Use lowerCamelCase for @warn_unqualified_access attribute?

(Ben Rimmington) #1

I noticed that the @warn_unqualified_access attribute in LibraryEvolution hasn't been updated to lowerCamelCase.


It's currently used by the `min` and `max` methods of Sequence, and the `print` methods in AppKit.



It doesn't have the UserInaccessible option, so can @warn_unqualified_access also be used in client code?


-- Ben

(Ben Rimmington) #2

The requires_stored_property_inits and warn_unqualified_access attributes were recently added to The Swift Programming Language book (for Swift 4.2).

Are these attributes meant to be public? They haven't gone through Swift evolution AFAIK.

Cc: @Douglas_Gregor, @jrose

(Douglas Gregor) #3

These were not meant to be public.


(Ben Rimmington) #4

I've created SR-8892 for updating the book.

Should requires_stored_property_inits and warn_unqualified_access also be made UserInaccessible in AST/Attr.def?

(Kyle Murray) #5

These attributes can show up in arbitrary API documentation (like Sequence.min()) because they're not underscored. As a result, people reading API documentation might encounter them, so we added information about them to the attributes reference.

They predate SE-0001, so that makes sense.

I don't think it makes sense to change how they're documented until something about their implementation changes; whether that means prefixing them with an underscore, adding them to Attr.def, or Swift Evolution-ing them to camel case.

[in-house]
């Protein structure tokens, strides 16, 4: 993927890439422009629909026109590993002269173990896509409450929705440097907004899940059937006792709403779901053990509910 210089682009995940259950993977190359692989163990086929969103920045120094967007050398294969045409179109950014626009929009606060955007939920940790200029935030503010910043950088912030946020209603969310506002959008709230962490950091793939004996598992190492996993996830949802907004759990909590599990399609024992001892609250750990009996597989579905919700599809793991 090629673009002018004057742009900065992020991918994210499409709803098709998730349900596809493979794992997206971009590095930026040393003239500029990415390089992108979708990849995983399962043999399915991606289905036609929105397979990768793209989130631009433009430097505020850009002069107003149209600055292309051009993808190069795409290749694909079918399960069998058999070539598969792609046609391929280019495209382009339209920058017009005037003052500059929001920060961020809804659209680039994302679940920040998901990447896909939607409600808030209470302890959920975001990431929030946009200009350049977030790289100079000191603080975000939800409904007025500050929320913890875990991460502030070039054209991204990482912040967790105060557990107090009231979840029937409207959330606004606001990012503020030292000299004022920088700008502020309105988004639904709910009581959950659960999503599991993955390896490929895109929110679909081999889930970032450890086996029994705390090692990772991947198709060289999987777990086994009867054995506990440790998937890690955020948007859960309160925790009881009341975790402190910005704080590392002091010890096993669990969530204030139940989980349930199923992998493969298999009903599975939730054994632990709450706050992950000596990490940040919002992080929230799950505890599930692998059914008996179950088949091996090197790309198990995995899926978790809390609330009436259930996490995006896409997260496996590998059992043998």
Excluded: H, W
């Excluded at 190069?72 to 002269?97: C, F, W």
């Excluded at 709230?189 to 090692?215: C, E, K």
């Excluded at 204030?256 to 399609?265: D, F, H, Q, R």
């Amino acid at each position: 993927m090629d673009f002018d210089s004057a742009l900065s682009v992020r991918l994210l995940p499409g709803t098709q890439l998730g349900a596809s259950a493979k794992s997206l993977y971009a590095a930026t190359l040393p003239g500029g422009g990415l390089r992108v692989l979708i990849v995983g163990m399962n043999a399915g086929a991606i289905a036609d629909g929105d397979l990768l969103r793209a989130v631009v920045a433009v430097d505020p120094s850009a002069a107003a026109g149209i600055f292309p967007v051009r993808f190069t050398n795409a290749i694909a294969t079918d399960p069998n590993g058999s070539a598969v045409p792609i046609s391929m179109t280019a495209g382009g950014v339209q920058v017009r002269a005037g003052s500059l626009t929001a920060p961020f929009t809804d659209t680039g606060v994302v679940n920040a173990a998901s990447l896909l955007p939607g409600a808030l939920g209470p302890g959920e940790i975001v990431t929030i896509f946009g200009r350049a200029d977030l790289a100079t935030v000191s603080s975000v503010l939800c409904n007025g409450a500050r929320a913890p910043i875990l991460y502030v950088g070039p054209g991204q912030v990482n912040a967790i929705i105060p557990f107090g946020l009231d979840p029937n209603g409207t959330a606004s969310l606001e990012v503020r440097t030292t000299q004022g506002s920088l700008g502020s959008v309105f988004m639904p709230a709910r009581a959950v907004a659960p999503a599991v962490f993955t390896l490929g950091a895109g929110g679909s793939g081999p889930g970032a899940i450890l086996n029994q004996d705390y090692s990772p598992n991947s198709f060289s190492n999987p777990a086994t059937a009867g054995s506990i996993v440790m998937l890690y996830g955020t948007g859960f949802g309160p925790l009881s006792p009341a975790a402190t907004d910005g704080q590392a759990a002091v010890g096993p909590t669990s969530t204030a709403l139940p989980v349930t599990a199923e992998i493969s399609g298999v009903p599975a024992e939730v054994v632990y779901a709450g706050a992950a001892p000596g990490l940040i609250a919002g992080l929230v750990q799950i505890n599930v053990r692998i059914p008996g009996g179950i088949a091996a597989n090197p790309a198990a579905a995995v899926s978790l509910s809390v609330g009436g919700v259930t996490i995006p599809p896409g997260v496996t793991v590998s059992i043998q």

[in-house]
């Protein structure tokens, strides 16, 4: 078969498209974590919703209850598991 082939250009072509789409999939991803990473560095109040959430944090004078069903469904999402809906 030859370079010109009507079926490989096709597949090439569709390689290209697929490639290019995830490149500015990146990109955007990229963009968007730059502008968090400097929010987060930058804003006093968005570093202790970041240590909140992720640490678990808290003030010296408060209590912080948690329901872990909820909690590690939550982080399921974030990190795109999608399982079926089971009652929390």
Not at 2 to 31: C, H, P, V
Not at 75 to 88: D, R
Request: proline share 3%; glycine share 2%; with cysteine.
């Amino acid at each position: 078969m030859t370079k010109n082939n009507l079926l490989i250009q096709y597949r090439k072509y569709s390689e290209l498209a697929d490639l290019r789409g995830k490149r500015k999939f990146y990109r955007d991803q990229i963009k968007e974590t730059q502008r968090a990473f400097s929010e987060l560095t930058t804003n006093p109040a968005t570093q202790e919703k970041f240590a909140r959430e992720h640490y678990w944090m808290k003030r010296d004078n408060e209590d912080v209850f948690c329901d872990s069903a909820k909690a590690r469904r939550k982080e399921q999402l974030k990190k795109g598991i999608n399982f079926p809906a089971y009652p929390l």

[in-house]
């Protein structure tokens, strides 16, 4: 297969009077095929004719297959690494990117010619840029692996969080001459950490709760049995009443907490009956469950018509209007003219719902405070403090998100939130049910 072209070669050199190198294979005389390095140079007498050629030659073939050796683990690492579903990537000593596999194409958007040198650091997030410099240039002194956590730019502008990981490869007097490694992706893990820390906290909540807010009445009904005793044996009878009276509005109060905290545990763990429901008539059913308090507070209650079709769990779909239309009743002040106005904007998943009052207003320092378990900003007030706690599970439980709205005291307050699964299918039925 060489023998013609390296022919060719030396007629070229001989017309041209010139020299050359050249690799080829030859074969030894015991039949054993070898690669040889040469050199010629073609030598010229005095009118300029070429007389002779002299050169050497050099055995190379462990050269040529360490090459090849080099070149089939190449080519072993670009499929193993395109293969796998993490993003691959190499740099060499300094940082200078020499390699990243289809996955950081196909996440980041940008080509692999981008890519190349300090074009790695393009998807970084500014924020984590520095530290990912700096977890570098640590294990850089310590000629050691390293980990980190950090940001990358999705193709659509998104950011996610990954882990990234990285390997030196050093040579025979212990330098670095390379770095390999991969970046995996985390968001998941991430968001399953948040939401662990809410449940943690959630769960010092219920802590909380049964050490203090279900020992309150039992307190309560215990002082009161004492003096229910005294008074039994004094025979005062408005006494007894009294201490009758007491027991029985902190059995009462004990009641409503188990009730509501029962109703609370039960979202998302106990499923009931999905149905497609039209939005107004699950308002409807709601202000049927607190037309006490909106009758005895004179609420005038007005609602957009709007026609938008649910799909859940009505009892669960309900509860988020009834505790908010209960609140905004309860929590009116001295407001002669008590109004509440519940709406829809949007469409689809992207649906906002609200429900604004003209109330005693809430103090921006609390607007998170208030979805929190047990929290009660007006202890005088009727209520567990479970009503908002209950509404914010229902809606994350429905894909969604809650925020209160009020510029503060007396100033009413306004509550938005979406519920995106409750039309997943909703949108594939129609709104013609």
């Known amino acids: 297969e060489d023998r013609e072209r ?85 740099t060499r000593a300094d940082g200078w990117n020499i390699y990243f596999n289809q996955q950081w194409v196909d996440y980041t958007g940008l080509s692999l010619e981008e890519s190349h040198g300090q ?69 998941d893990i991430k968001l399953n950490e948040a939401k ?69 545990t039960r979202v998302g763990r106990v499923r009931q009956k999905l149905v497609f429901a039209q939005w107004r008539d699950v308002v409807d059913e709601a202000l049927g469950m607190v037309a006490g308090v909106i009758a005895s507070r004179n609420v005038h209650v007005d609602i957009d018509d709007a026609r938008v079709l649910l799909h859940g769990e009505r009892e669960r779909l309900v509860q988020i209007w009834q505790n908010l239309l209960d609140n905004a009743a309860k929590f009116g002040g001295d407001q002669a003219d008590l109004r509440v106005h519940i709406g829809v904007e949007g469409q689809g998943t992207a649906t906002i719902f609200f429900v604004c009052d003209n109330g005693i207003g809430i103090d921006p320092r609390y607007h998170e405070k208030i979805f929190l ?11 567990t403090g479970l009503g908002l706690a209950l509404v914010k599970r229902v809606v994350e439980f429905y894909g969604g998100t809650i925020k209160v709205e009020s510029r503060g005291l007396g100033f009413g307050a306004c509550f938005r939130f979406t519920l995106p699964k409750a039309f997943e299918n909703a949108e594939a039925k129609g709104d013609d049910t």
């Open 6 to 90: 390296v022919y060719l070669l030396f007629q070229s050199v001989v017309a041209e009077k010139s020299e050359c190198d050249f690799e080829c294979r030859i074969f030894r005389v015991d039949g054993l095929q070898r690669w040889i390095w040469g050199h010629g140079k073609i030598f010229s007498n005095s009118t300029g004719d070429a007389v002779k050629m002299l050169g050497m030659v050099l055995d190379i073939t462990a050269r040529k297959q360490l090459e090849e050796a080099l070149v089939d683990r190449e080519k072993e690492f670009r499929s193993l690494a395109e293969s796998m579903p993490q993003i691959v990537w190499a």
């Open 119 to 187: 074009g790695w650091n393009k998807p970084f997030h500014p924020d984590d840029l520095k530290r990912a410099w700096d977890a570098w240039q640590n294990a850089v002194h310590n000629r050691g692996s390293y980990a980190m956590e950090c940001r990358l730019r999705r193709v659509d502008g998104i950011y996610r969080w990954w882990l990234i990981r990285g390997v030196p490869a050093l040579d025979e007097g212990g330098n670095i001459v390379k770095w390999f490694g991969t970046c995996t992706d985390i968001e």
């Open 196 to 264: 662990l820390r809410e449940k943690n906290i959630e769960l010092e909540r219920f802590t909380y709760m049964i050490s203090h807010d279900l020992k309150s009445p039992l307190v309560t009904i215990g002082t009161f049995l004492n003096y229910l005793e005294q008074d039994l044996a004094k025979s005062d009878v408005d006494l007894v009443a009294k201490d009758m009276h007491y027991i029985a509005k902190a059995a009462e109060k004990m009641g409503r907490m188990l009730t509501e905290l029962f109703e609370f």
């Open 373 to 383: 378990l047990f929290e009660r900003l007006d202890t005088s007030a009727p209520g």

(Ben Rimmington) #6

@krilnon If these attributes are documented, it may give the impression that they are safe to use in third-party APIs. Could you at least add a disclaimer that they are currently for internal use only?

I can look into prefixing them with an underscore, if their originators @Douglas_Gregor and @jrose agree.

(Jordan Rose) #7

That would be source-breaking. I can't see why anyone would want requires_stored_property_inits, but warn_unqualified_access seems perfectly reasonable.

(Erik Little) #8

We have precedent for renaming modifiers that weren’t meant to be public. See @effects to @_effects

(Jordan Rose) #9

Yes, but _effects is incredibly unsafe (in the undefined-behavior-if-it's-wrong sense). warn_unqualified_access is something that people could reasonably be correctly using.

(Ben Rimmington) #10

@jrose Could @warn_unqualified_access be made into an alias for @warnUnqualifiedAccess?

Similar to SE-0106 (with SR-1823 and SR-1887 in progress) for macOS and its OSX alias.

See also apple/swift#12674.